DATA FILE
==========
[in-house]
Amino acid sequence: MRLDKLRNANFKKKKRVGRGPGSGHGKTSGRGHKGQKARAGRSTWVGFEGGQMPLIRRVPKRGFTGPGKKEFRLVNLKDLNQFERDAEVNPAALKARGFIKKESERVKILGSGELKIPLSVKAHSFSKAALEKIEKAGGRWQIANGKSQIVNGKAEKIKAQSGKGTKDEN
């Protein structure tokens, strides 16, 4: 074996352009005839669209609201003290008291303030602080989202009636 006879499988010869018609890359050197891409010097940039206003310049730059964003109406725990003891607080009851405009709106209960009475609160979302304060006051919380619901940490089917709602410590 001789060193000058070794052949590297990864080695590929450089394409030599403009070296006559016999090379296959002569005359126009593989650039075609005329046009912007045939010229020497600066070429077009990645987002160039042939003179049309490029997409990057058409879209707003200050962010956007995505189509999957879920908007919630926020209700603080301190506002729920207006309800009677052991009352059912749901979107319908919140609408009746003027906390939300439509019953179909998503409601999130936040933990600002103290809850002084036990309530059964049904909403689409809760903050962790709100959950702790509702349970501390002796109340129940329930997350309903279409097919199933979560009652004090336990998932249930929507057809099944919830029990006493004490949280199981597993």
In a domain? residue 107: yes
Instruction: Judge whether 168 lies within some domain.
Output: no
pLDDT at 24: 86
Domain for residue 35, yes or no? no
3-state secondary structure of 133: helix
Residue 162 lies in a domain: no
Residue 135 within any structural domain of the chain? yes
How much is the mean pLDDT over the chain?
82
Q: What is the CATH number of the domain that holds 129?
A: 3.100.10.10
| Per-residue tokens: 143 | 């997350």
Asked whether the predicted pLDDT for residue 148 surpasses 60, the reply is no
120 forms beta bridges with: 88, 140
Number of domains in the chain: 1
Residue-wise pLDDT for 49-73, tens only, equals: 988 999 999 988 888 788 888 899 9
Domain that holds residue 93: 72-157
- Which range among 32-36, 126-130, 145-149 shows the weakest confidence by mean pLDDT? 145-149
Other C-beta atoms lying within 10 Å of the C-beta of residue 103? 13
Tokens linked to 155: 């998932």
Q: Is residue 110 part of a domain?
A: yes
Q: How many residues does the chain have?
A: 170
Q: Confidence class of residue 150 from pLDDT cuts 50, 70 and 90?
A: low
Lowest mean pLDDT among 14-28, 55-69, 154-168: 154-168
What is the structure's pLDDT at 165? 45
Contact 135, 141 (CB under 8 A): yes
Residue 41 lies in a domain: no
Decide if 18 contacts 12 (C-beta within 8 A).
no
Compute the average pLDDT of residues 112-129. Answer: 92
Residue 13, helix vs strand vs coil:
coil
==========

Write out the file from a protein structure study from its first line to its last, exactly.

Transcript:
[in-house]
Amino acid sequence: MRLDKLRNANFKKKKRVGRGPGSGHGKTSGRGHKGQKARAGRSTWVGFEGGQMPLIRRVPKRGFTGPGKKEFRLVNLKDLNQFERDAEVNPAALKARGFIKKESERVKILGSGELKIPLSVKAHSFSKAALEKIEKAGGRWQIANGKSQIVNGKAEKIKAQSGKGTKDEN
């Protein structure tokens, strides 16, 4: 074996352009005839669209609201003290008291303030602080989202009636 006879499988010869018609890359050197891409010097940039206003310049730059964003109406725990003891607080009851405009709106209960009475609160979302304060006051919380619901940490089917709602410590 001789060193000058070794052949590297990864080695590929450089394409030599403009070296006559016999090379296959002569005359126009593989650039075609005329046009912007045939010229020497600066070429077009990645987002160039042939003179049309490029997409990057058409879209707003200050962010956007995505189509999957879920908007919630926020209700603080301190506002729920207006309800009677052991009352059912749901979107319908919140609408009746003027906390939300439509019953179909998503409601999130936040933990600002103290809850002084036990309530059964049904909403689409809760903050962790709100959950702790509702349970501390002796109340129940329930997350309903279409097919199933979560009652004090336990998932249930929507057809099944919830029990006493004490949280199981597993």
In a domain? residue 107: yes
Instruction: Judge whether 168 lies within some domain.
Output: no
pLDDT at 24: 86
Domain for residue 35, yes or no? no
3-state secondary structure of 133: helix
Residue 162 lies in a domain: no
Residue 135 within any structural domain of the chain? yes
How much is the mean pLDDT over the chain?
82
Q: What is the CATH number of the domain that holds 129?
A: 3.100.10.10
| Per-residue tokens: 143 | 């997350």
Asked whether the predicted pLDDT for residue 148 surpasses 60, the reply is no
120 forms beta bridges with: 88, 140
Number of domains in the chain: 1
Residue-wise pLDDT for 49-73, tens only, equals: 988 999 999 988 888 788 888 899 9
Domain that holds residue 93: 72-157
- Which range among 32-36, 126-130, 145-149 shows the weakest confidence by mean pLDDT? 145-149
Other C-beta atoms lying within 10 Å of the C-beta of residue 103? 13
Tokens linked to 155: 């998932």
Q: Is residue 110 part of a domain?
A: yes
Q: How many residues does the chain have?
A: 170
Q: Confidence class of residue 150 from pLDDT cuts 50, 70 and 90?
A: low
Lowest mean pLDDT among 14-28, 55-69, 154-168: 154-168
What is the structure's pLDDT at 165? 45
Contact 135, 141 (CB under 8 A): yes
Residue 41 lies in a domain: no
Decide if 18 contacts 12 (C-beta within 8 A).
no
Compute the average pLDDT of residues 112-129. Answer: 92
Residue 13, helix vs strand vs coil:
coil